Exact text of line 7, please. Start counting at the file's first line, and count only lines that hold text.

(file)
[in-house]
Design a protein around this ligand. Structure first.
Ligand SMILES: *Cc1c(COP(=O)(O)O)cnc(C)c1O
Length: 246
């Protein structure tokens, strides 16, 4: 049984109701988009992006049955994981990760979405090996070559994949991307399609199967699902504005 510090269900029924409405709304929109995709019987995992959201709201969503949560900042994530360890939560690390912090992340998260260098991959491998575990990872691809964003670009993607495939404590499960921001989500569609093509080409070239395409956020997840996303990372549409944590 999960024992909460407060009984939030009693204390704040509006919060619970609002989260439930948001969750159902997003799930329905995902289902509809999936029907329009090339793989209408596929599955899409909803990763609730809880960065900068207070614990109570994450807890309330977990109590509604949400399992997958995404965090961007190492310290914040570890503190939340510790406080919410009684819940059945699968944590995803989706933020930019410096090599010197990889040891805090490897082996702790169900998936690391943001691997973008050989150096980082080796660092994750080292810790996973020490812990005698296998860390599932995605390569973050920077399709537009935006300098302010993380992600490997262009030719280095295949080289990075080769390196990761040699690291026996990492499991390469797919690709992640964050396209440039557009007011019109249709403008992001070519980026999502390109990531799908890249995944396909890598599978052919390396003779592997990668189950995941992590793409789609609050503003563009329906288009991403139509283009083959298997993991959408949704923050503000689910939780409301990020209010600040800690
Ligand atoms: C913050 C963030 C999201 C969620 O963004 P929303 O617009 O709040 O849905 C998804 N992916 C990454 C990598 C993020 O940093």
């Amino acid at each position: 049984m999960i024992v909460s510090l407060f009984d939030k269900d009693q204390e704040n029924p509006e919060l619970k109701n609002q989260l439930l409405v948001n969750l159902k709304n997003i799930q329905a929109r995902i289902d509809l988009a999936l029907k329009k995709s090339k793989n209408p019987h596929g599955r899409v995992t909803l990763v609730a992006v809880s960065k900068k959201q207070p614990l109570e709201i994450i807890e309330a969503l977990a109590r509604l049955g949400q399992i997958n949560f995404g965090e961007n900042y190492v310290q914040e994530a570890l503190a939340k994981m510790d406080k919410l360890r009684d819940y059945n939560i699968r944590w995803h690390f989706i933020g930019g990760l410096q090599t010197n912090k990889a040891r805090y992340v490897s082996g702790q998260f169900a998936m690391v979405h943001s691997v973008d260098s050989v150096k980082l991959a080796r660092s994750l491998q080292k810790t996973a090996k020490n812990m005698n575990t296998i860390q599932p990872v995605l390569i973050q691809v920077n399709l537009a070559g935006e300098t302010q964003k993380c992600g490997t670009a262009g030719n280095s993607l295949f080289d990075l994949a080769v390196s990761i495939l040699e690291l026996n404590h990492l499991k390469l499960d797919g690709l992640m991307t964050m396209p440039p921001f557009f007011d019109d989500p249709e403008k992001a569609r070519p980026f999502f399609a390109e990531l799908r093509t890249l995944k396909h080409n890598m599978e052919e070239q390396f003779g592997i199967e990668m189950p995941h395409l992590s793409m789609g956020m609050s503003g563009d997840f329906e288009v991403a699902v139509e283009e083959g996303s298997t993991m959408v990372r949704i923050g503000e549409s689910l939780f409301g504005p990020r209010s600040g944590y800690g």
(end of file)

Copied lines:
């Amino acid at each position: 049984m999960i024992v909460s510090l407060f009984d939030k269900d009693q204390e704040n029924p509006e919060l619970k109701n609002q989260l439930l409405v948001n969750l159902k709304n997003i799930q329905a929109r995902i289902d509809l988009a999936l029907k329009k995709s090339k793989n209408p019987h596929g599955r899409v995992t909803l990763v609730a992006v809880s960065k900068k959201q207070p614990l109570e709201i994450i807890e309330a969503l977990a109590r509604l049955g949400q399992i997958n949560f995404g965090e961007n900042y190492v310290q914040e994530a570890l503190a939340k994981m510790d406080k919410l360890r009684d819940y059945n939560i699968r944590w995803h690390f989706i933020g930019g990760l410096q090599t010197n912090k990889a040891r805090y992340v490897s082996g702790q998260f169900a998936m690391v979405h943001s691997v973008d260098s050989v150096k980082l991959a080796r660092s994750l491998q080292k810790t996973a090996k020490n812990m005698n575990t296998i860390q599932p990872v995605l390569i973050q691809v920077n399709l537009a070559g935006e300098t302010q964003k993380c992600g490997t670009a262009g030719n280095s993607l295949f080289d990075l994949a080769v390196s990761i495939l040699e690291l026996n404590h990492l499991k390469l499960d797919g690709l992640m991307t964050m396209p440039p921001f557009f007011d019109d989500p249709e403008k992001a569609r070519p980026f999502f399609a390109e990531l799908r093509t890249l995944k396909h080409n890598m599978e052919e070239q390396f003779g592997i199967e990668m189950p995941h395409l992590s793409m789609g956020m609050s503003g563009d997840f329906e288009v991403a699902v139509e283009e083959g996303s298997t993991m959408v990372r949704i923050g503000e549409s689910l939780f409301g504005p990020r209010s600040g944590y800690g």